*Hysterical cheers from live studio audience*
I am no more a guest in the classroom than the plumber I call to fix my sink is a guest in my house. I don’t expect him to drink my tea, eat my biscuits, and then bugger off. I expect him to do the task I’ve paid him for. I expect him to fix the fucking sink (in this metaphor ‘fixing the sink’ = teaching English, in case you’re getting lost. ‘Drinking tea’ = playing games, and ‘eating biscuits’ = getting drunk at enkais or something. It’s probably best not to examine it too closely).
When workmen come to my house, the first thing I do is show them what needs doing, not offer them a cuppa and a sit down, which is why being introduced as a guest hacks me off so much. It speaks to such feebly lowered expectations.
In fairness to my warm-up men/JTEs, there may be a good number of reasons for them to have those snake-belly low expectations. A depressingly large proportion of ALTs are piss poor, and really do see themselves as guests. I’ve worked with, assessed, and trained a decent number and while I do think the majority are honestly trying to make a decent go of something they are (despite my best efforts) woefully under-prepared for, I’d be lying if I said that those who are happy to take the piss and cash the cheque only represent a small minority. They’re in a minority, certainly, but it’s a pretty sizable one.
However, somebody in a position of authority in Japan, somebody Japanese in a position of authority in Japan, has decided that my/our particular skill-set is something that this country needs and is unable or unwilling to obtain domestically. You can (and indeed should) quibble about the validity of that decision and whether it is a wholly unforced one; the US State Department is apparently quite keen on the JET programme as a politically acceptable way of addressing trade imbalances, so maybe there is a bit of outside coercion. But where do you stop as you work your way up that slippery slope? It’s not like foreign governments are holding guns to the heads of the Japanese (any more, at least) and demanding their citizens are allowed to teach English here with more enthusiasm than skill. If you insist on continuing that climb we reach the point where you’re arguing that the dissolution of the eikaiwa industry is dependent on the abolition of Article 9, and I hope it’s not just me who finds that a little overblown.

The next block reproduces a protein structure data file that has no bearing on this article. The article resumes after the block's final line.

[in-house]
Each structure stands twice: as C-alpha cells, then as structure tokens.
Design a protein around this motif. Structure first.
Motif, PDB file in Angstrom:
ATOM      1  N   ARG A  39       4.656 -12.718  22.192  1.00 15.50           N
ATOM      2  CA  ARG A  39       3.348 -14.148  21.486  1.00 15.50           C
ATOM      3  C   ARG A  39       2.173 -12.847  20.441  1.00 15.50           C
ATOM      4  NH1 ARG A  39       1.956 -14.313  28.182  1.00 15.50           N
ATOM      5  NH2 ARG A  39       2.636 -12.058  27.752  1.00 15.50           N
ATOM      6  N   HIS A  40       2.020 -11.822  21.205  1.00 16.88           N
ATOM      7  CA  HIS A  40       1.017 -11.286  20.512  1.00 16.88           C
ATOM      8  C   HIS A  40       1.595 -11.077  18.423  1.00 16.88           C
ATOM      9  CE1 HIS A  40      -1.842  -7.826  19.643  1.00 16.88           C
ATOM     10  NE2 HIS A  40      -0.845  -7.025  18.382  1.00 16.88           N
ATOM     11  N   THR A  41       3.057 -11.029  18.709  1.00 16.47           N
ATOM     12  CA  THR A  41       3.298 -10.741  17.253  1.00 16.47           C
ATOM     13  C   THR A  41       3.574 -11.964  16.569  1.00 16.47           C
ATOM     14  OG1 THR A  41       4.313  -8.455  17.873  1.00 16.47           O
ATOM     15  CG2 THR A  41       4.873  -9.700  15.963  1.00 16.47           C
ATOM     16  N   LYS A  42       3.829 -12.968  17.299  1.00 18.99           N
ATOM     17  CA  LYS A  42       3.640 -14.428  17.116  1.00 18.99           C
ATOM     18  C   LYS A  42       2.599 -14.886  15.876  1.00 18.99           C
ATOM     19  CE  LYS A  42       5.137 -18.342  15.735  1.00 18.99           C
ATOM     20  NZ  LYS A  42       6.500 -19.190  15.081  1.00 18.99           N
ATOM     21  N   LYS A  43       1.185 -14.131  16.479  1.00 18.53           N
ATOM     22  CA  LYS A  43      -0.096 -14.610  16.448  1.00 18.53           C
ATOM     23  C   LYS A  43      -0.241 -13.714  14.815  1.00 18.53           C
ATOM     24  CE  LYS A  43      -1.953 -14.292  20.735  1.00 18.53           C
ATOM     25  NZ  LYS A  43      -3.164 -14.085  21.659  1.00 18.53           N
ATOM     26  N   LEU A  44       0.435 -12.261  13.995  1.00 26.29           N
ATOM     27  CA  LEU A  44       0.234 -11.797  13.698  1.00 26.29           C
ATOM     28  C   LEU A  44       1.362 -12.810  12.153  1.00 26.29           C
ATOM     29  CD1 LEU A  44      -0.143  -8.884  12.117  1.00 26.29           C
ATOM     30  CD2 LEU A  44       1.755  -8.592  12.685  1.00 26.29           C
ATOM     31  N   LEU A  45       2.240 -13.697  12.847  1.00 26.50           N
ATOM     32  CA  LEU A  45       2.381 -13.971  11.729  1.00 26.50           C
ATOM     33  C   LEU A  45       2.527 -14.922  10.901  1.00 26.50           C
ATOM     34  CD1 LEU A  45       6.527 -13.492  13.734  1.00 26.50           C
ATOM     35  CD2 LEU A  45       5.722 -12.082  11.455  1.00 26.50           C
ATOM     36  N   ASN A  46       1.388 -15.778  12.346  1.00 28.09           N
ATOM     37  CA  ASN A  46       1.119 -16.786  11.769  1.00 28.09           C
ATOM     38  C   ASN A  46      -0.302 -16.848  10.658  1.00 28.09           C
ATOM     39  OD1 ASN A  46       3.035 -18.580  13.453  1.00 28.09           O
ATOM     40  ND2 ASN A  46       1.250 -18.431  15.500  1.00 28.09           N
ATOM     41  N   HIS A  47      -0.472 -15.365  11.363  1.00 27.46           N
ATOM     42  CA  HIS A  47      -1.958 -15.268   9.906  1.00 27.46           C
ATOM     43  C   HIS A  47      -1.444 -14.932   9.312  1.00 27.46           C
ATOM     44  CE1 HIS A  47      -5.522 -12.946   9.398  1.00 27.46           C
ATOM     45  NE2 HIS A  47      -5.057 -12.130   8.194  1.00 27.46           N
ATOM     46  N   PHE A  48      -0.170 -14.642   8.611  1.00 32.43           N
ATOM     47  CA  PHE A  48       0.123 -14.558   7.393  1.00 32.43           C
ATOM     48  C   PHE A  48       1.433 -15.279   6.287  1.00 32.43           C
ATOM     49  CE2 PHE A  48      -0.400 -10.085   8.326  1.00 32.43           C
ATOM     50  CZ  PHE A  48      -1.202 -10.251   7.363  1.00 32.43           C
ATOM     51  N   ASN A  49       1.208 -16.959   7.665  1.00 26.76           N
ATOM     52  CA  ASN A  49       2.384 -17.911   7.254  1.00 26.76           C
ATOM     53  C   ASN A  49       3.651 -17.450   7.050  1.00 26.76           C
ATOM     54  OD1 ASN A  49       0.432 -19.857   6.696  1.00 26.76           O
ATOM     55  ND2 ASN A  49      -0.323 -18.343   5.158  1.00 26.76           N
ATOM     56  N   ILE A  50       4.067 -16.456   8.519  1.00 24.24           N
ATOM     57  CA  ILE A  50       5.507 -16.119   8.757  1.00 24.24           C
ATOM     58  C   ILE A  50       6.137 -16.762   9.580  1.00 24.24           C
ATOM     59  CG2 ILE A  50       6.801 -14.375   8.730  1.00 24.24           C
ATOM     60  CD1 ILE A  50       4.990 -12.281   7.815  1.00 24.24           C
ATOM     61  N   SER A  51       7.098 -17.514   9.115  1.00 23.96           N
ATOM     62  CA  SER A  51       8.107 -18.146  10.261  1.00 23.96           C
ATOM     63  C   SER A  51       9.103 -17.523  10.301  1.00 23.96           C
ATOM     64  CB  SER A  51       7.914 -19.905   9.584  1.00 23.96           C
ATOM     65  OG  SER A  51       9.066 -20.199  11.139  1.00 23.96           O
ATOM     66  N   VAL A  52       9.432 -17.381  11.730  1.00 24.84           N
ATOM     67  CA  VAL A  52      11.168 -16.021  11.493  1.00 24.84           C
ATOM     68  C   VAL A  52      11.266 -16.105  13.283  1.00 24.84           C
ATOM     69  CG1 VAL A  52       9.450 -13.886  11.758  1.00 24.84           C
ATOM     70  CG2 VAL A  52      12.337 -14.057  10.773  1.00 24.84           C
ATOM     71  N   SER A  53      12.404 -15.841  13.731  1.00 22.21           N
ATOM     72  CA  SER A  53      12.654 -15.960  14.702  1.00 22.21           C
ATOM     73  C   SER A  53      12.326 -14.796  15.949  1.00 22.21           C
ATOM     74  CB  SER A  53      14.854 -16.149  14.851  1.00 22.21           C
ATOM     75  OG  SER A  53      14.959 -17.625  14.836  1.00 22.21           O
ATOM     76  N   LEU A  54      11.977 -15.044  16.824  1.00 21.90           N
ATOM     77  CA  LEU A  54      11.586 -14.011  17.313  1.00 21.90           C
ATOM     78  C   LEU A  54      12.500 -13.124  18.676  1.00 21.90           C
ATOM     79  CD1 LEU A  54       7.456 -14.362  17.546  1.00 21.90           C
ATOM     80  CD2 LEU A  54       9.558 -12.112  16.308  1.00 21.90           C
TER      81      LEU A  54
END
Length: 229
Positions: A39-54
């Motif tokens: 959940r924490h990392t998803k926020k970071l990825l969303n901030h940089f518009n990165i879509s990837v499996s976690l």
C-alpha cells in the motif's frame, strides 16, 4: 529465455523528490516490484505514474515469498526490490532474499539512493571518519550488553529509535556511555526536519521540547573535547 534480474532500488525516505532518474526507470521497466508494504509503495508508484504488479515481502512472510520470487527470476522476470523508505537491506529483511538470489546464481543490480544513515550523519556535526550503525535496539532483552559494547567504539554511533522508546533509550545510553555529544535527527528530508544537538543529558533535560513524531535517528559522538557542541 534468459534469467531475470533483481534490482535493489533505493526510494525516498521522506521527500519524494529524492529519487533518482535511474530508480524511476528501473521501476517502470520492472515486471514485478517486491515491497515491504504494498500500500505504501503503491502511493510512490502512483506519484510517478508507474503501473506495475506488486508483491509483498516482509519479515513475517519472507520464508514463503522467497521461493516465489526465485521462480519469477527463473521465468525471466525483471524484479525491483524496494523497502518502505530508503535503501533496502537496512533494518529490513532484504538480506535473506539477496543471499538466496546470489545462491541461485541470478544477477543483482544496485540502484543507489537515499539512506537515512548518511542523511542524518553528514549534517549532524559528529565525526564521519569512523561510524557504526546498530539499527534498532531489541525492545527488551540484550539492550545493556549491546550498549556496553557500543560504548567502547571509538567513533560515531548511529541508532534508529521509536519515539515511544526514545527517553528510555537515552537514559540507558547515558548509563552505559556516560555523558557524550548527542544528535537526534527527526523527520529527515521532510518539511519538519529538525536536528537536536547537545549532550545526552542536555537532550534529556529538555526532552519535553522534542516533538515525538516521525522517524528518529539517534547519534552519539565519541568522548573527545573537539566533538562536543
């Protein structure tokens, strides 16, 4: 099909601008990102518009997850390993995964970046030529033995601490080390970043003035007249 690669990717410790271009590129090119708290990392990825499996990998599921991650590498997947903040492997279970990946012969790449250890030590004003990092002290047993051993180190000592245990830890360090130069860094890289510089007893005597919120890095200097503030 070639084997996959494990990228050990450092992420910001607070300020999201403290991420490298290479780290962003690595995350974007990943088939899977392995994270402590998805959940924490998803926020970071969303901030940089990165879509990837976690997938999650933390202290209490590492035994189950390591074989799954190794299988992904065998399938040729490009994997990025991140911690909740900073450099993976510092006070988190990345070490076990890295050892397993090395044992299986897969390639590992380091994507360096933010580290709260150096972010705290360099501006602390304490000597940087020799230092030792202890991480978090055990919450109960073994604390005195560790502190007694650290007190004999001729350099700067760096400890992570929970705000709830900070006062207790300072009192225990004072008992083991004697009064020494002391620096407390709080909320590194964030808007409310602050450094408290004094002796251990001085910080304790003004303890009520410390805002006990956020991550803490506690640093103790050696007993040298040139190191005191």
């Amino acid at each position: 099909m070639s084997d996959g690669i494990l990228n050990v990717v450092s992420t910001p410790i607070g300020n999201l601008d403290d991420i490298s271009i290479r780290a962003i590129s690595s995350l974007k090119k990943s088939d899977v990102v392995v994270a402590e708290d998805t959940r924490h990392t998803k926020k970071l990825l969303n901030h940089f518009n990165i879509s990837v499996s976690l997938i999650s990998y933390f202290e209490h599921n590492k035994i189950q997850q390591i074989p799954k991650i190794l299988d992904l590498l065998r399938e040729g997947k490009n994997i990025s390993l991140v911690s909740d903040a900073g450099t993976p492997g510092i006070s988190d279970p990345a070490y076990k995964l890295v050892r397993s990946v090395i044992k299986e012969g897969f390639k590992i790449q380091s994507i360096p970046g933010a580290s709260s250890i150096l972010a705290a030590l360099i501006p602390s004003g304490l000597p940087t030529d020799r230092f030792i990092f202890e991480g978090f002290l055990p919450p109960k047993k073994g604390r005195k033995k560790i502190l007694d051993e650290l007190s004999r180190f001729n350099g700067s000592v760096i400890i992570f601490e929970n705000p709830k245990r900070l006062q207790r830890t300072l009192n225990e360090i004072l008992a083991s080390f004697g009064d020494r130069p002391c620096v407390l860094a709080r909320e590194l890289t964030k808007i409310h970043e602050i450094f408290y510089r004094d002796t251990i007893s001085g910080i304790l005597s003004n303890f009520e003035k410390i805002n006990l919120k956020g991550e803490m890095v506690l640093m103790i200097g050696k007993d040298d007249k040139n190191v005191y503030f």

So, I feel it’s safe to assume that I was granted my initial working visa by a Japanese person following criteria drawn up by other Japanese people who had done so in order to pursue the best interests of Japan. This will be the case for anyone on a professional visa, as well as a large number of people with different visa statuses who work in education, translation and the like. We owe our continued employment, in part, to the fact that we are not Japanese – to the fact that Japan has decided it needs people like us to come here, quite often with the stated aim of ‘internationalizing’ the place.
Does it make us better than the Japanese, or them better than us? Does it mean we should show them gratitude for being allowed to work here, or they should show any to us for gracing them with our beneficent presences and manifestly superior worldviews? If we love Japan super-hard does that excuse a lack of basic professional competencies?
No no, no no, and of course no. Do you think you’re better than the plumber? You’re a bit of a twat, if so. Sure, you’re the one with the cash, but if you were able to fix the sink yourself you wouldn’t have called him in the first place. Likewise, you’re the one with the cash, so if your plumber gets all uppity about your lack of skill with a spanner then he’s not in much of a position to be questioning your life choices. But does that then mean he should show you some gratitude for being allowed to crawl around on your kitchen floor whilst fixing an eminently avoidable problem (don’t put human hair in the garbage disposal, if I’ve told you once I’ve told you a thousand times)? Of course not; you’re paying him a mutually acceptable rate for a service rendered. Although I’ve seen a few movies where the lonely housewife has thrown in a few extras as payment as well, so maybe gratitude is appropriate on those occasions.
Actually, and once more, no. Who says, “Thank you,” after sex? That’s a little freaky. Let’s stick with the plumber metaphor though before we get properly sidetracked. You and your constant porn references. Just can’t help yourself, can you? Get some help.
|No no. Thank you.|
Finally, even if your plumber is, like, totally into drainage and has been collecting flange nuts and ball valves since elementary school, that in no way excuses him if he can’t actually fix the fucking sink. Have I made that clear yet?
My students get praise for effort. My plumber gets paid for doing his job. Obviously I’m going to be polite and personable when talking to him, and I’ll help him out when necessary if it means getting things done more efficiently (it’s pretty much my fault if I refuse to tell him where the stopcock is and then the kitchen floods), but when he packs up his tools and leave what matters is that he’s done his job and everything works as it should, not whether he’s enjoyed his brief sojourn into my beautiful, unique, enigmatic home.
It has four bedrooms, you know. Famously so.